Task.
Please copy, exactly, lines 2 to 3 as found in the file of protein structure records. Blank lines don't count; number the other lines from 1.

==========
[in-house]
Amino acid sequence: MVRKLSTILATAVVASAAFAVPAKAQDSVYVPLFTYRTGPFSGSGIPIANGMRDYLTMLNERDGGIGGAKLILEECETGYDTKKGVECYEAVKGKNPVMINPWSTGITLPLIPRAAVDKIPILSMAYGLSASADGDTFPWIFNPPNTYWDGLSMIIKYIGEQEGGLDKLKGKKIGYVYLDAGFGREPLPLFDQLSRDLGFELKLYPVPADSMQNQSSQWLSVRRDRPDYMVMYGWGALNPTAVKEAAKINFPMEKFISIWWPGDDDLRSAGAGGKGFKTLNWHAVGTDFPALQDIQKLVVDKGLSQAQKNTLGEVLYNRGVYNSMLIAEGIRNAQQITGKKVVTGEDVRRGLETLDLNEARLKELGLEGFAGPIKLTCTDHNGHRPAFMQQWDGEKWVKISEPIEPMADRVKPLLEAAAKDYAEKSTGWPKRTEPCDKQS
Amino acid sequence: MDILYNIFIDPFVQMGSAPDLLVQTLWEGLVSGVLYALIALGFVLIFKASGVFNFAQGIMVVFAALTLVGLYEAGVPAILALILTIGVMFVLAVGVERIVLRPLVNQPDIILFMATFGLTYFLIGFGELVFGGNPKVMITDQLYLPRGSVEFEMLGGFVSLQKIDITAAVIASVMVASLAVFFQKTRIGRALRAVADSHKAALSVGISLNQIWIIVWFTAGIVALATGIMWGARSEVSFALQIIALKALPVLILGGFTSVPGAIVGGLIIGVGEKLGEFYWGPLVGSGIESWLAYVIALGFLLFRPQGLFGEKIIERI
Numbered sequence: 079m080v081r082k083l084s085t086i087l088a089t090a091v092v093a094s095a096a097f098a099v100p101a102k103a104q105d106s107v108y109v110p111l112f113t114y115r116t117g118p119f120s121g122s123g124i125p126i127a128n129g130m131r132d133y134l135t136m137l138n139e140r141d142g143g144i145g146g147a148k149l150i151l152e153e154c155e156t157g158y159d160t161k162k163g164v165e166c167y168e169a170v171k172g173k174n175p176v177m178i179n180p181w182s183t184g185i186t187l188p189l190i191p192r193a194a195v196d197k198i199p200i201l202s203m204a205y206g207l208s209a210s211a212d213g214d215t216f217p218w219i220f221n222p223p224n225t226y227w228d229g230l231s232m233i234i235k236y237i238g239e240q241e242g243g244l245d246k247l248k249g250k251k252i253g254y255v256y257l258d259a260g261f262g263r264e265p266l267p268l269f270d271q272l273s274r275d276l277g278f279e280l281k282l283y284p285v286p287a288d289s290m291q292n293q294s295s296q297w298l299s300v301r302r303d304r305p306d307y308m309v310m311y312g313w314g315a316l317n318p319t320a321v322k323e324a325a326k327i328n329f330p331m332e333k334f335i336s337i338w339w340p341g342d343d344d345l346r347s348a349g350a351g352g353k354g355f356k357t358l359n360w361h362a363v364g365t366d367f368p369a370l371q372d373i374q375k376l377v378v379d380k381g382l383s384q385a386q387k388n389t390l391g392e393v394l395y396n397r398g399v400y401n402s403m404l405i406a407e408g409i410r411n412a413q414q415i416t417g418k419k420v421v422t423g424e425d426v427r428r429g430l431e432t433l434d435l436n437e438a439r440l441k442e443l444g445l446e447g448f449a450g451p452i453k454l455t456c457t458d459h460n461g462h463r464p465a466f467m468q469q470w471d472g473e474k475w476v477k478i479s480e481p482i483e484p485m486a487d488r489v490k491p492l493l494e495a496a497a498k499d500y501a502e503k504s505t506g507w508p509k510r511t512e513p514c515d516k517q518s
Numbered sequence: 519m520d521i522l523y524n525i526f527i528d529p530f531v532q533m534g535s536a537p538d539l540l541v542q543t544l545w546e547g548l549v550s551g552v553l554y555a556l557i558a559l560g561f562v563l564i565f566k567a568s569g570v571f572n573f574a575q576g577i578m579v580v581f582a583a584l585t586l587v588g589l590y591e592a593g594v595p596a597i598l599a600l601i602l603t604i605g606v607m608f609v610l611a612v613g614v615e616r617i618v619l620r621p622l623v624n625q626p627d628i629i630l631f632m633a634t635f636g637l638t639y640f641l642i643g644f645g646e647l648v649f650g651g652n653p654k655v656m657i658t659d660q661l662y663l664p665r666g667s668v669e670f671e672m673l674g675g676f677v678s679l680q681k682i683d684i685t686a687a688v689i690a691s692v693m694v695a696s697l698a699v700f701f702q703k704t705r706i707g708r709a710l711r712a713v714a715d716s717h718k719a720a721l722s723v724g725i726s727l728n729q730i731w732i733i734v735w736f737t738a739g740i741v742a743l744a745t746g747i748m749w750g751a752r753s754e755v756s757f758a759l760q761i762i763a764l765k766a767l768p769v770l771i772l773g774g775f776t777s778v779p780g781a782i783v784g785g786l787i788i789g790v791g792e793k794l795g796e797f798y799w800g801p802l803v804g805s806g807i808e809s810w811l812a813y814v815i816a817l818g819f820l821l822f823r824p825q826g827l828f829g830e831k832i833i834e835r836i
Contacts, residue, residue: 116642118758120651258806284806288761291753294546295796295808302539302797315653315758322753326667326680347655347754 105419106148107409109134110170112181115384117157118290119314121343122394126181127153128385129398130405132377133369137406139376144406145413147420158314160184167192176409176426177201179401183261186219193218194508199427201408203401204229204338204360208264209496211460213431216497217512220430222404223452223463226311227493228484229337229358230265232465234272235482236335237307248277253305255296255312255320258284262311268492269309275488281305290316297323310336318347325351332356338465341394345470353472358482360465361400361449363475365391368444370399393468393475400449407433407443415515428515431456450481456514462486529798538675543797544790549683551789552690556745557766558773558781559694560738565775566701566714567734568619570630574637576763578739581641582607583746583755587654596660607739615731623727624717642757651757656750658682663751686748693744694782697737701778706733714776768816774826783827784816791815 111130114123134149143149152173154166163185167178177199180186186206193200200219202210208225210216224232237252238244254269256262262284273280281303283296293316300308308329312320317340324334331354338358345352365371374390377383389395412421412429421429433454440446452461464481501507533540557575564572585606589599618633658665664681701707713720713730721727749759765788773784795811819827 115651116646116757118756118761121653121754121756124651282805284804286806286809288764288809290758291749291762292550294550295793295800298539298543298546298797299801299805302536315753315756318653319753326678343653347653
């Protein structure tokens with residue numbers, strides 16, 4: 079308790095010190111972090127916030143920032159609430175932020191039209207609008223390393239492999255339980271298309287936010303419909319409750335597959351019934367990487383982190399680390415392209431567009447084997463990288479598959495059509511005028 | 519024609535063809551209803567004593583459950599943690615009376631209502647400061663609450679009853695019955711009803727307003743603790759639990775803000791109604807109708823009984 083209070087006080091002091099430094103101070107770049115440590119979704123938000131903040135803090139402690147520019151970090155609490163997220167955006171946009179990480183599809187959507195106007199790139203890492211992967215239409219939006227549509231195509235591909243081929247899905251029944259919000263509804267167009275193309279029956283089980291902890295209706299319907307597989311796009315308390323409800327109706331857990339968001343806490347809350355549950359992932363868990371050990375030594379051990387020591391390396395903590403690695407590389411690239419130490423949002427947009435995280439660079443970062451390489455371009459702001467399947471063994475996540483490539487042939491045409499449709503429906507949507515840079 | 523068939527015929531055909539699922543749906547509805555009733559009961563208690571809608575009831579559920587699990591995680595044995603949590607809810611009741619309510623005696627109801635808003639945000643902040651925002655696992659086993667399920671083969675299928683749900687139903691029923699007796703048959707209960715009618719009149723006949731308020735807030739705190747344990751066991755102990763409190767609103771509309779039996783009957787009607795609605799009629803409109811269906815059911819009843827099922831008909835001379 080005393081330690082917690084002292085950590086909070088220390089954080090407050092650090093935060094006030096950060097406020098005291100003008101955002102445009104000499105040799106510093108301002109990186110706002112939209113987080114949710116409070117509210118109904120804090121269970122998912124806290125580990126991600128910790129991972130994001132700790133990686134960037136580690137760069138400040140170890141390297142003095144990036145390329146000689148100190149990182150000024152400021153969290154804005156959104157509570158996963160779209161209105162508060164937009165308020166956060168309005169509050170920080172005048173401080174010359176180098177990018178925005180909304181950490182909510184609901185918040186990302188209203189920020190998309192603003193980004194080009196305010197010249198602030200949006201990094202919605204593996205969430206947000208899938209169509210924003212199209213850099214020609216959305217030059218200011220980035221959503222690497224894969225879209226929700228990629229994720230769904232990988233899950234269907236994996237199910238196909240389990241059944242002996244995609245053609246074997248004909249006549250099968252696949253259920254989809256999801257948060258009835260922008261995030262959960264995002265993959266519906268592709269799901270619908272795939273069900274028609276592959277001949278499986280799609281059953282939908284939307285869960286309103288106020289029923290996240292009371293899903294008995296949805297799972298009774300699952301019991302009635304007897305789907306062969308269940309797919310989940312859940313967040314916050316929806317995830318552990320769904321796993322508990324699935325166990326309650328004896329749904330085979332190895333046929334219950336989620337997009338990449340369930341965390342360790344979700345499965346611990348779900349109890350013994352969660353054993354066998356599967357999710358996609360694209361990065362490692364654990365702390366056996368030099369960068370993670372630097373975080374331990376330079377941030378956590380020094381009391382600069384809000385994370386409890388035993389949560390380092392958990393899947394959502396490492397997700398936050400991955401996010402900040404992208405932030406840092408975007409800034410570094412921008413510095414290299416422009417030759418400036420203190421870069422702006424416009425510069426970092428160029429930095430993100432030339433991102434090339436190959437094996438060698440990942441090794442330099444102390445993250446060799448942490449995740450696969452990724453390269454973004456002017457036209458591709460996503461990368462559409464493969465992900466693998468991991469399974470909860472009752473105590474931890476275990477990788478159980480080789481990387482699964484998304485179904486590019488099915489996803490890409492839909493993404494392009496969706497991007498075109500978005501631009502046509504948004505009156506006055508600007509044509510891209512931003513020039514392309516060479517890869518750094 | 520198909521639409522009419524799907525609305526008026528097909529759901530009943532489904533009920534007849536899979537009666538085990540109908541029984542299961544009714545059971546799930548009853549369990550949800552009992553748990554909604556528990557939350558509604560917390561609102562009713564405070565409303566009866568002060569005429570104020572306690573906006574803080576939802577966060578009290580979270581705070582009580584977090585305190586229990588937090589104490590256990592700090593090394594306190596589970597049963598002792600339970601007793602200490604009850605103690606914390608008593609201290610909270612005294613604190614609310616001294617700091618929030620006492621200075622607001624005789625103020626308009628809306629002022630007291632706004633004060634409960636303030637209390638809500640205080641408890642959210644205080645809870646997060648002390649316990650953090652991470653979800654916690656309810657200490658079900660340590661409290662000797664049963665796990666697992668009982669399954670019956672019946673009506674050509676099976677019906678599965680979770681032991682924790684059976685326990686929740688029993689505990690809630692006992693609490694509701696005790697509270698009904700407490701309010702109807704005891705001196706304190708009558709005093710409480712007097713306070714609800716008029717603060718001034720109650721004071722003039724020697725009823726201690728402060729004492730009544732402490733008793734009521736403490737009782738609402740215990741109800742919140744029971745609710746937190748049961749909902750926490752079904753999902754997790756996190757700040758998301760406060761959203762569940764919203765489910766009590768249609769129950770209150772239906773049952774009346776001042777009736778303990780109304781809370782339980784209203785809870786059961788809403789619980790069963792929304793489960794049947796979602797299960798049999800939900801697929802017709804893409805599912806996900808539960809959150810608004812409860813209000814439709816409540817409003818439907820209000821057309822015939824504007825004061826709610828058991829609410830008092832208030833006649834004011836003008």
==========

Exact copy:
Amino acid sequence: MVRKLSTILATAVVASAAFAVPAKAQDSVYVPLFTYRTGPFSGSGIPIANGMRDYLTMLNERDGGIGGAKLILEECETGYDTKKGVECYEAVKGKNPVMINPWSTGITLPLIPRAAVDKIPILSMAYGLSASADGDTFPWIFNPPNTYWDGLSMIIKYIGEQEGGLDKLKGKKIGYVYLDAGFGREPLPLFDQLSRDLGFELKLYPVPADSMQNQSSQWLSVRRDRPDYMVMYGWGALNPTAVKEAAKINFPMEKFISIWWPGDDDLRSAGAGGKGFKTLNWHAVGTDFPALQDIQKLVVDKGLSQAQKNTLGEVLYNRGVYNSMLIAEGIRNAQQITGKKVVTGEDVRRGLETLDLNEARLKELGLEGFAGPIKLTCTDHNGHRPAFMQQWDGEKWVKISEPIEPMADRVKPLLEAAAKDYAEKSTGWPKRTEPCDKQS
Amino acid sequence: MDILYNIFIDPFVQMGSAPDLLVQTLWEGLVSGVLYALIALGFVLIFKASGVFNFAQGIMVVFAALTLVGLYEAGVPAILALILTIGVMFVLAVGVERIVLRPLVNQPDIILFMATFGLTYFLIGFGELVFGGNPKVMITDQLYLPRGSVEFEMLGGFVSLQKIDITAAVIASVMVASLAVFFQKTRIGRALRAVADSHKAALSVGISLNQIWIIVWFTAGIVALATGIMWGARSEVSFALQIIALKALPVLILGGFTSVPGAIVGGLIIGVGEKLGEFYWGPLVGSGIESWLAYVIALGFLLFRPQGLFGEKIIERI